Data protection

1 July, 2016

The current situation:

Over the past few years, data protection compliance has gone from a subject largely paid only lip-service to by businesses, to an important area for compliance. Privacy has become a major reputational issue for companies, and increased powers and resources given to the Information Commissioner’s Office (ICO) mean that the risk of enforcement and fines has become real.  The EU General Data Protection Regulation (GDPR), due to come in from May 2018, will bring further requirements on businesses and clients are already starting to think about measures they will need to be taking to ensure compliance.

 

What might change?

Many in business will be disappointed to note that a material easing of data protection requirements is unlikely, for a number of reasons.

Firstly, it is important to remember that the result of the referendum itself has no effect on existing laws in relation to data protection (and in any other area). It is only what happens next that might bring changes.

In relation to the new GDPR, because Brexit is at least a two year process, the two year transition period leading up to the implementation of the GDPR in May 2018 will run alongside negotiations for exit. If, as widely predicted, the exit process takes longer than two years, the obligations under the GDPR will become legally binding on UK companies, even if only in the short term’ if exit follows soon after its implementation.

 

What impact could this have on UK businesses?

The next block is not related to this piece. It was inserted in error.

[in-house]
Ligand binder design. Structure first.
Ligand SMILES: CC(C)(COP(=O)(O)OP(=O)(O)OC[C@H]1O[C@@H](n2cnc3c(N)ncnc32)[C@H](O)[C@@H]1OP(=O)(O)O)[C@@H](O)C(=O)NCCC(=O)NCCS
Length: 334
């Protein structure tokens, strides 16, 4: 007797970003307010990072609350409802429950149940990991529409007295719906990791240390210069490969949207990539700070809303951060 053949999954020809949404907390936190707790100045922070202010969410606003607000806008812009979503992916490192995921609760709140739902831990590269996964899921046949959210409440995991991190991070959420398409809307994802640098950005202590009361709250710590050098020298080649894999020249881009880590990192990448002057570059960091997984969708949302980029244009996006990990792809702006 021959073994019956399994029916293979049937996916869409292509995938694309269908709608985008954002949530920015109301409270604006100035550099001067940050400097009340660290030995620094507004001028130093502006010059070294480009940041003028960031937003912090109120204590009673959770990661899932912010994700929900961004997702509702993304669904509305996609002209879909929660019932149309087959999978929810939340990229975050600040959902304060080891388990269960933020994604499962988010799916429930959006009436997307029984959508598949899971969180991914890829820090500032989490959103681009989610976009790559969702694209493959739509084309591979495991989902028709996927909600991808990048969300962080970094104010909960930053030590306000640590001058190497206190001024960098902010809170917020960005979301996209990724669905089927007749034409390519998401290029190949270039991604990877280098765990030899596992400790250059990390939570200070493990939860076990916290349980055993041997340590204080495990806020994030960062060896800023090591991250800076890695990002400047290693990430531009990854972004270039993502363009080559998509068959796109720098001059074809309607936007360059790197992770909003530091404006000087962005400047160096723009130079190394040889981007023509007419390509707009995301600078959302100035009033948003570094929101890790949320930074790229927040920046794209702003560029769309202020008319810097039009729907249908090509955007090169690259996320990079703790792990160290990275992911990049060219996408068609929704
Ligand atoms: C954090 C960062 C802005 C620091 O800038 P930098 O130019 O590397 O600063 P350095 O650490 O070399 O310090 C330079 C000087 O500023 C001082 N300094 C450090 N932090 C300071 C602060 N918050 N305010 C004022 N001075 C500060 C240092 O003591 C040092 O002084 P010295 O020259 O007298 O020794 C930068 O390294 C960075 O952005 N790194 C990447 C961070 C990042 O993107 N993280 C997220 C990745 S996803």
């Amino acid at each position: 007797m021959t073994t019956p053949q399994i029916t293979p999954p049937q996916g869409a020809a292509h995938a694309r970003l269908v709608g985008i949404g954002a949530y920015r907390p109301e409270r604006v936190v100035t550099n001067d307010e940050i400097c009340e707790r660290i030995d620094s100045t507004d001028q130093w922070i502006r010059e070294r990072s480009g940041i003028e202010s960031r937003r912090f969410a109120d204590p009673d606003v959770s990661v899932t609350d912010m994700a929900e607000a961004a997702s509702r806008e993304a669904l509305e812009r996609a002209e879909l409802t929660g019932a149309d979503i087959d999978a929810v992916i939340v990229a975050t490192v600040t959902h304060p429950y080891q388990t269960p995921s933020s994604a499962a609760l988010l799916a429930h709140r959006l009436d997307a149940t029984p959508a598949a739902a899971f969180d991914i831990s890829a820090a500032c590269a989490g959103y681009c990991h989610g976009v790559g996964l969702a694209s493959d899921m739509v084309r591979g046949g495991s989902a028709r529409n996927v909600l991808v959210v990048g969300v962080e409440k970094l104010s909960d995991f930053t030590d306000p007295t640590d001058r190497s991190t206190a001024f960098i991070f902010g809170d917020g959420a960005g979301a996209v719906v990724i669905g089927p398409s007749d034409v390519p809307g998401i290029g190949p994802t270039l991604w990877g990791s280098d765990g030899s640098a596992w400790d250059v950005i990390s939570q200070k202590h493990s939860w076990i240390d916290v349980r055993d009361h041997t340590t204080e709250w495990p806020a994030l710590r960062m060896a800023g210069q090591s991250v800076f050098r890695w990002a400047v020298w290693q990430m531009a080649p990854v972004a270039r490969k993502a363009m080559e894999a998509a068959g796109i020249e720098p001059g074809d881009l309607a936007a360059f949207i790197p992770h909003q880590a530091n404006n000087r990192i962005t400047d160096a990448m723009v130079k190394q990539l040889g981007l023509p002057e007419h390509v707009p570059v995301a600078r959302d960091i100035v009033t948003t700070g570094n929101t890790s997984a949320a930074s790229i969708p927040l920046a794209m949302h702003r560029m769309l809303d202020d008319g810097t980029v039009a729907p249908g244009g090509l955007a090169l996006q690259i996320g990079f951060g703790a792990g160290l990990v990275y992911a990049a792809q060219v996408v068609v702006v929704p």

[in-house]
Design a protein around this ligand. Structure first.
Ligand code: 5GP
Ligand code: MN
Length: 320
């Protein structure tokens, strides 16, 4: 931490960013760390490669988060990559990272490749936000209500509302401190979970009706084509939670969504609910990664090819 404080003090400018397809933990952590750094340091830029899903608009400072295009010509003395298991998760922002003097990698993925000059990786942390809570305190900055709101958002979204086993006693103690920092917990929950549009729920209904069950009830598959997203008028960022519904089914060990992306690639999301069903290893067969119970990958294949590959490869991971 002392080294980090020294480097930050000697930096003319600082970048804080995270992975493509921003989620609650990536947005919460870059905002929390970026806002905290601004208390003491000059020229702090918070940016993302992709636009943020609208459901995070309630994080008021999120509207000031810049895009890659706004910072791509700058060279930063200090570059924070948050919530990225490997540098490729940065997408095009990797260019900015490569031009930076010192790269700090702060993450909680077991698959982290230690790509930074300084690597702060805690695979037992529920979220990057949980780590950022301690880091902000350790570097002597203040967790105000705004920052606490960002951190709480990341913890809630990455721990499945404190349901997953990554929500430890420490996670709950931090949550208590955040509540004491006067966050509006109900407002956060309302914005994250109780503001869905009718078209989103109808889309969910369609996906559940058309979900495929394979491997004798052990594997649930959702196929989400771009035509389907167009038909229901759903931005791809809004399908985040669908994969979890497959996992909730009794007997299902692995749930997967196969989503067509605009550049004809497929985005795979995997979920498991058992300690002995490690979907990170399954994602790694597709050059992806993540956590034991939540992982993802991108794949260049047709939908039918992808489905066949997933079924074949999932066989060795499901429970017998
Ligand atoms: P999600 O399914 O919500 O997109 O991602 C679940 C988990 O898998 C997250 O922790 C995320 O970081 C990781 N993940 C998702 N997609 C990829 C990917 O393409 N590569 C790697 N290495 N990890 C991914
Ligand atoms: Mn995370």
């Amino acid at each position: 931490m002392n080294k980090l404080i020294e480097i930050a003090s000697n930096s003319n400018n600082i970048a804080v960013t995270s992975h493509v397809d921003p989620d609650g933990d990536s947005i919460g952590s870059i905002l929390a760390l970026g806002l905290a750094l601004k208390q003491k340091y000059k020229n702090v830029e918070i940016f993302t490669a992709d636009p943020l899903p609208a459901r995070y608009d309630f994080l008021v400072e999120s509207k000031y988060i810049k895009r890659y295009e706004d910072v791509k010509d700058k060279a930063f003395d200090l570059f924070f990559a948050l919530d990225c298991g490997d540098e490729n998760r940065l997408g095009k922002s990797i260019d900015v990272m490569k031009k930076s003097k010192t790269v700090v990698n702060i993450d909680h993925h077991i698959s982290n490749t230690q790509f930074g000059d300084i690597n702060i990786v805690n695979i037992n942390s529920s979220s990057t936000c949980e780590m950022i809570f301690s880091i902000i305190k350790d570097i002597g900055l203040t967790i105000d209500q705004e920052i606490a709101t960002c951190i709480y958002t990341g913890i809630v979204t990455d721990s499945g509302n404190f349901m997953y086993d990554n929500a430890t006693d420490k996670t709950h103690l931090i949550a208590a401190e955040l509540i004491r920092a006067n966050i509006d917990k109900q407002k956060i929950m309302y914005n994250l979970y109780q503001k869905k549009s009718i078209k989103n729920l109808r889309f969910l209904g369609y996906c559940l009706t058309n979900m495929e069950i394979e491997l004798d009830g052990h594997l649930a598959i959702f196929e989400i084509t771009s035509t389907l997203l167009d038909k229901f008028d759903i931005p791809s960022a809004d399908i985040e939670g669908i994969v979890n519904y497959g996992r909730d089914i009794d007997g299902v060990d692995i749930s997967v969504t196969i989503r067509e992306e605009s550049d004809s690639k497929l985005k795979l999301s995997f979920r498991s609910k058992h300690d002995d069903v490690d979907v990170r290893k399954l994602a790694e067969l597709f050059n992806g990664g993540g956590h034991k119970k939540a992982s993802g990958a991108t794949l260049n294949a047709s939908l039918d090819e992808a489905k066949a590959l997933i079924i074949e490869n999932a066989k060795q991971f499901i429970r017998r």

Some will think that it’s worth taking the risk of waiting to see whether the UK is likely to implement national laws similar to the GDPR post Brexit. The problem with this approach is that even without specific UK legislation, companies may still have to comply with the provisions of the GDPR if they monitor the behaviour of, or offer goods and services to, anyone in the EU or EEA.  It also seems unlikely that the UK Government would allow the UK’s standards in relation to privacy to fall a long way behind those of the rest of the EU, for reputational as well as legal reasons, so legislation to harmonise our national laws in line with the requirements of the GDPR may well be put in place.  In addition, previous judgements from the European courts will continue to be binding in the UK even after our exit, unless parliament legislates otherwise (which must be unlikely) and the UK courts and the Information Commissioner will probably continue to be influenced by their future decisions.

Then there will be a question mark over the adequacy of the UK data protection regime once we are outside of the EU, and therefore the ability for the remaining EU countries to export personal data to the UK. We may end up being treated in the same way as the US, which is currently in lengthy and difficult negotiations with the EU to try to ensure that data can keep flowing between the US and the EU.  There will also be complications over the “one-stop-shop” provisions in the GDPR, which relate to national supervisory authorities.

 

What you need to be thinking about now:

Even in the absence of legal compulsion, it is also worth remembering the level of reputational damage that privacy breaches have been causing UK companies recently, and the financial cost of the resulting loss of consumer confidence. Clients should not lessen their commitment to data protection compliance. The ICO recommends that businesses continue to prepare for GDPR, and for the moment at least, this seems like sensible advice.

If you have a query about any aspect of privacy or data protection, please contact Kathryn Rogers at Kathryn.rogers@crippspg.co.uk or call on 01892 506 147